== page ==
Why this unholy trinity?BMJ 2007; 335 doi: https://doi.org/10.1136/bmj.39308.477870.BD (Published 16 August 2007) Cite this as: BMJ 2007;335:0
- Tony Delamothe, deputy editor, BMJ
In this week's letters pages, Oliver Dearlove takes Roger Jones to task for his recent editorial on the future of the medical profession in Britain (doi: 10.1136/bmj.39303.684236.3A). According to Jones, “The Shipman, Bristol, and Alder Hey enquiries, and a litany of errors, shook the foundations of public trust and professional confidence.” But where is the evidence for this, asks Dearlove? The foundations of public trust remain apparently unshaken: in poll after poll, doctors still top the league tables of public esteem while politicians languish at the bottom.
So how has Jones's unholy trinity emerged as a shorthand description of the problems afflicting the British medical profession in the late 20th century? They seem poor candidates for the burden they've been asked to bear. Take Harold Shipman: had he been an engineer rather than a general practitioner, nobody would have thought his serial killing reflected badly on his profession even if he had used some of the tools of his trade in the murders. Similarly, the Alder Hey inquiry centred on the activities of a single rogue pathologist. Together, they seem as far from representative general practitioners and hospital consultants as it's possible to be. Bristol was singled out for its atypicality: twice the mortality from open heart surgery on children under 1 year, compared with other English centres.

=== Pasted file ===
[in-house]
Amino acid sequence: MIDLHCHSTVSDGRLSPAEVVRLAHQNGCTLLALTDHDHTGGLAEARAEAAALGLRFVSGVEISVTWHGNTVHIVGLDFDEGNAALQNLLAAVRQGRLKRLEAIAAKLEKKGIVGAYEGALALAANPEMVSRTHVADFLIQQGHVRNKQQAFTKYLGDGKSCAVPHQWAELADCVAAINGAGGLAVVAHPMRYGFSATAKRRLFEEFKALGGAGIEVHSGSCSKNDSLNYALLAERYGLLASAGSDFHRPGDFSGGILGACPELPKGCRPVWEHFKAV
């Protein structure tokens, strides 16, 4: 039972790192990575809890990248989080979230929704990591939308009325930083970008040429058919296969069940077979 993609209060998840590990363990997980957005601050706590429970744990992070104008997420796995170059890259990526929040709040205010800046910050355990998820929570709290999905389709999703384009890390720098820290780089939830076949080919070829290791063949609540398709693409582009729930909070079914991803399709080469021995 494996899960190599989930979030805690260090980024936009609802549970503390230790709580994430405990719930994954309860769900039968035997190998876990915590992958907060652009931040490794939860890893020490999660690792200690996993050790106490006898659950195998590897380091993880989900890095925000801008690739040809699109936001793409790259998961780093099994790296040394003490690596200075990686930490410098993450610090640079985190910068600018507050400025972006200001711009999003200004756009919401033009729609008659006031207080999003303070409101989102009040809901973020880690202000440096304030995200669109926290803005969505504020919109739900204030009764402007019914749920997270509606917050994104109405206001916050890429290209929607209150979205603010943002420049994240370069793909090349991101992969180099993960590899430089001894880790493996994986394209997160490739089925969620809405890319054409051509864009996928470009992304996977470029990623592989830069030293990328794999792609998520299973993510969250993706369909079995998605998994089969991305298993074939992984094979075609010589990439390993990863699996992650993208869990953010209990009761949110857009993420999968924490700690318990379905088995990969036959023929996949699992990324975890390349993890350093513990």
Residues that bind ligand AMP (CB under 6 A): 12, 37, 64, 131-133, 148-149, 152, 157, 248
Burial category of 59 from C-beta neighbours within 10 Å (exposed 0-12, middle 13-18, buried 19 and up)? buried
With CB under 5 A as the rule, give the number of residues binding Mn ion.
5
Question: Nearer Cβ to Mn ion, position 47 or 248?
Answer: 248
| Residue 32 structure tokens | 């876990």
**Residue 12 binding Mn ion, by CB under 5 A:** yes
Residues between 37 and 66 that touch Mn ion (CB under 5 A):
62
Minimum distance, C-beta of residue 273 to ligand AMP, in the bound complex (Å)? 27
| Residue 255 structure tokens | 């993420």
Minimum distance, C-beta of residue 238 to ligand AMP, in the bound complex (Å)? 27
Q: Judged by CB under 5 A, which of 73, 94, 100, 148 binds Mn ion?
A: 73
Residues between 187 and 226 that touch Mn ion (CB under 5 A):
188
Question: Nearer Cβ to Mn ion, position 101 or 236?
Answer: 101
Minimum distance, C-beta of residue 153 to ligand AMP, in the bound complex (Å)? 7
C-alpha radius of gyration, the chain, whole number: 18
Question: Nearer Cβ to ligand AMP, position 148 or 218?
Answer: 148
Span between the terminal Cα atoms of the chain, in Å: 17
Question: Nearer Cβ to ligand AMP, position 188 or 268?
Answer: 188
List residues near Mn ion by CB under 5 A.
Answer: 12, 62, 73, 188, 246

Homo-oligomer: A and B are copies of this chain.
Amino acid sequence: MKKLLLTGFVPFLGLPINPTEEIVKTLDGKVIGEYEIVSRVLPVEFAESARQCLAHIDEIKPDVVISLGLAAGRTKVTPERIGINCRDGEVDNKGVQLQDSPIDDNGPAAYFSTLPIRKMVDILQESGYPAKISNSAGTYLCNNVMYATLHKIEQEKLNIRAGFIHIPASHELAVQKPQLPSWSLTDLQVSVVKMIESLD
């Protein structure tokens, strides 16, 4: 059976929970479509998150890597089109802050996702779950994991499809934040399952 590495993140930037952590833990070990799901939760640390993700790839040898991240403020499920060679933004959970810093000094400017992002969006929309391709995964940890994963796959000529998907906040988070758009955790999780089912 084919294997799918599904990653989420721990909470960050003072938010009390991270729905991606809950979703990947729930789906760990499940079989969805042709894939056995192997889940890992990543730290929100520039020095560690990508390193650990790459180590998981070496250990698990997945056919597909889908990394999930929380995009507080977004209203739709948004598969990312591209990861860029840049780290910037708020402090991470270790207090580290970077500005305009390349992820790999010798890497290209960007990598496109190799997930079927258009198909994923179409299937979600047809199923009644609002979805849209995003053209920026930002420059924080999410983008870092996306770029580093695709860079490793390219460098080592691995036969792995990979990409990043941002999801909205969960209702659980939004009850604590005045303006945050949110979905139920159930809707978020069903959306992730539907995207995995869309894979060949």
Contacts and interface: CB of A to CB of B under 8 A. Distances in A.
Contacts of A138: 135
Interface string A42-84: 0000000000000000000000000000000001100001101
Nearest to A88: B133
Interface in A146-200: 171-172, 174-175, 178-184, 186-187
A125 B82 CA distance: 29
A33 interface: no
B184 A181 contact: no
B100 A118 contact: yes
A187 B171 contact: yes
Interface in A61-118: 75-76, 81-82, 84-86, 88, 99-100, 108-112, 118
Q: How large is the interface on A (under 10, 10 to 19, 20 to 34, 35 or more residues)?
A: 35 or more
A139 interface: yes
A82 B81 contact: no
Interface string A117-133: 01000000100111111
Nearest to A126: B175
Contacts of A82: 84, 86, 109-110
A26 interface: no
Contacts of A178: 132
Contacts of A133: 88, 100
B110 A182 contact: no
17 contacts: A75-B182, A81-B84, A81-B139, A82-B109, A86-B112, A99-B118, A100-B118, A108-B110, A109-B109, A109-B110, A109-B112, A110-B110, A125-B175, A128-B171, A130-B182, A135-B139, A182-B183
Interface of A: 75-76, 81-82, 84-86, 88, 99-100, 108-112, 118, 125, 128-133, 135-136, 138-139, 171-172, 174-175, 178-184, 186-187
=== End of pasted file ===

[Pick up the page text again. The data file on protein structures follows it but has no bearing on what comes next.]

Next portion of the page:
If we're determined to divine a general lesson from the recent past, it may be that governments, like people, should be careful what they wish for. The Bristol, Alder Hey, and Shipman inquiries were all initiated by the Blair government in its first term, when the vilification of doctors was at its height. In that administration's second term the focus shifted to what should be done about “underperforming” doctors, which led inexorably to revalidation and the new contracts and massive pay increases of Blair's final term. One would need a heart of stone to witness this playing out of the law of unintended consequences—and not be moved to tears of helpless laughter.
But to give credit where it's due: the Blair government's first term also saw the birth of what is now the National Institute for Health and Clinical Excellence (NICE), which has profoundly changed the way that England and Wales evaluates health interventions—for the better. NICE has survived the first legal challenge to a decision since its inception, over drugs to treat Alzheimer's disease (doi: 10.1136/bmj.39307.630347.DB). A year ago in this journal, Robin Ferner and Sarah McDowell considered how individuals and groups with special interests might seek to outflank NICE (BMJ 2007;332:1268 doi: 10.1136/bmj.332.7552.1268), and in this case they were well represented. Responding to the High Court's decision, the Alzheimer's Research Trust was “devastated,” a drug manufacturer called the guidance “disgraceful” and “morally reprehensible,” and the chairman of old age psychiatry at the Royal College of Psychiatrists was “astonished that the NICE process has been found to be rational and without perversity in this case.”
So bravo to NICE for sticking to its guns, and bravo to the High Court for backing its decision. Countries without their own NICE are looking admiringly at the one servicing England and Wales, but the need for adequate resources, a very thick skin, and strong protection against political interference can't be underestimated. NICE's next difficult decision is over drugs for blindness (doi: 10.1136/bmj.39307.507558.DB).